Let me tell you the story of a man.
This man was strong.
He served in World War II,
lived to see 100,
and spent the last decade and a half of his life
living on a cattle ranch in Montana.
He took a kick to the chest by a cow
in his late eighties or early nineties
and walked it off.
He survived two divorces
in which every child but one
sided with their mothers against him.
This man remembered courtesies,
and once thanked someone
for the kind words they said at his father’s funeral
some twenty years prior.
This man was kind
and did not let the circumstances of his life
make him bitter.
Let me tell you about a boy
who idolized that man,
who loved him dearly
across distance and time.
This boy grew to adulthood,
and still looked up to that man
as though he hung the sun in the sky.
That man was his hero,
is his hero,
will always be his hero.
That boy was me,
and that man
was my grandfather.
And on the 27th of August
I wrote him two letters –
two important letters –
in the past year.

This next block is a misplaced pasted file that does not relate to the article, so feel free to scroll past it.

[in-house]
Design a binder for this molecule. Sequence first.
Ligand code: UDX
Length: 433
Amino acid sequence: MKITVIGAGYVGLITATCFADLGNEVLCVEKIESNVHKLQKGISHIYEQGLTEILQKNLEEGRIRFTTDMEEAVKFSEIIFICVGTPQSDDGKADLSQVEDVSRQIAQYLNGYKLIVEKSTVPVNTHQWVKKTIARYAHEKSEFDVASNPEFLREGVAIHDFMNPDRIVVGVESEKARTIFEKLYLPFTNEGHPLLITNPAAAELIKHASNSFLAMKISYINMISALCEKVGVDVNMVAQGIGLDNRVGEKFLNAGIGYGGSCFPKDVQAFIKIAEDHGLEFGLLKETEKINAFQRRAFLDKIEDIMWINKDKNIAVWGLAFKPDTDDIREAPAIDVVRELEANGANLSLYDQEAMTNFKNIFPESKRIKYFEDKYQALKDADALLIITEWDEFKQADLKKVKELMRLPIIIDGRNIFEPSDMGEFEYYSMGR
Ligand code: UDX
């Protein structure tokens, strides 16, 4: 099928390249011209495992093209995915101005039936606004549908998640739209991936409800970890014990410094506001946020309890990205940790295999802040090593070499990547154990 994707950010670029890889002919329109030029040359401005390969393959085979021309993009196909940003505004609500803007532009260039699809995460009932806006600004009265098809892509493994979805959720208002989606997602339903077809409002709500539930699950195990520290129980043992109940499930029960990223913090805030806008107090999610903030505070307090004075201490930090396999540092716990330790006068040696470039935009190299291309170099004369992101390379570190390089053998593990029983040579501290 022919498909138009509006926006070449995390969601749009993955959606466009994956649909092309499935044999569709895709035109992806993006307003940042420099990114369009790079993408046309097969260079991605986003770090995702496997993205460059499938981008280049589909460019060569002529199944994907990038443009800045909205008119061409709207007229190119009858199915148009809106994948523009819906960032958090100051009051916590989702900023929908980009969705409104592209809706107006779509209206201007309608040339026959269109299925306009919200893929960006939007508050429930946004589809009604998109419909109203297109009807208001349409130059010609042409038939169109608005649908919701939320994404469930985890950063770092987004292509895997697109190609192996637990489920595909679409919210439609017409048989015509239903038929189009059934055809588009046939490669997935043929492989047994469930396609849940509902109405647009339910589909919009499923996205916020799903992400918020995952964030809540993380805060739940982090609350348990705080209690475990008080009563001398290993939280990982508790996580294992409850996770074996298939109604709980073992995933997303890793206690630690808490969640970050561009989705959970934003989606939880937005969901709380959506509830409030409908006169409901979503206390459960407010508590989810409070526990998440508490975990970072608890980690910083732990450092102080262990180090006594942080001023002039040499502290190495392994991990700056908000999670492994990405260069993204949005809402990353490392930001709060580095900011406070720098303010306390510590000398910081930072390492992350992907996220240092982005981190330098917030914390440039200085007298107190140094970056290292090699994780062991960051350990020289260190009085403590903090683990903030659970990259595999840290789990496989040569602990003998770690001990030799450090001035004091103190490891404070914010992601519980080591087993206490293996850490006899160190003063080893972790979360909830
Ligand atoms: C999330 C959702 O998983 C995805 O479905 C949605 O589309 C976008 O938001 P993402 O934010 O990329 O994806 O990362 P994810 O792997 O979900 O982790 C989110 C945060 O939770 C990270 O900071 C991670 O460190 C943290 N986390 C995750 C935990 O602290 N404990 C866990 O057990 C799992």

In those letters
I told him in no uncertain terms
that he was my hero
that I was proud of him
that I was proud of being part of his family
that if I only lived to be half as great as him,
I will still have been a great man
and lived an exemplary life.
I’m glad I got a chance to tell him that
before it was too late.
I’ve always planned to give
my grandfather’s name to my first son
as his middle name.
He never got the chance to meet that son,
but I still want to give him that name
because the heroes who live in our hearts
I will miss you
in fact, I already do
with tears streaming down my face as I write this.
I love you Grandpa,
and I’ll do you proud.
Just keep watching,
I’ll do you proud.
To the first of my heroes
and the greatest of them,
Solomon K. Meyer
December 22 1914 – August 27 2015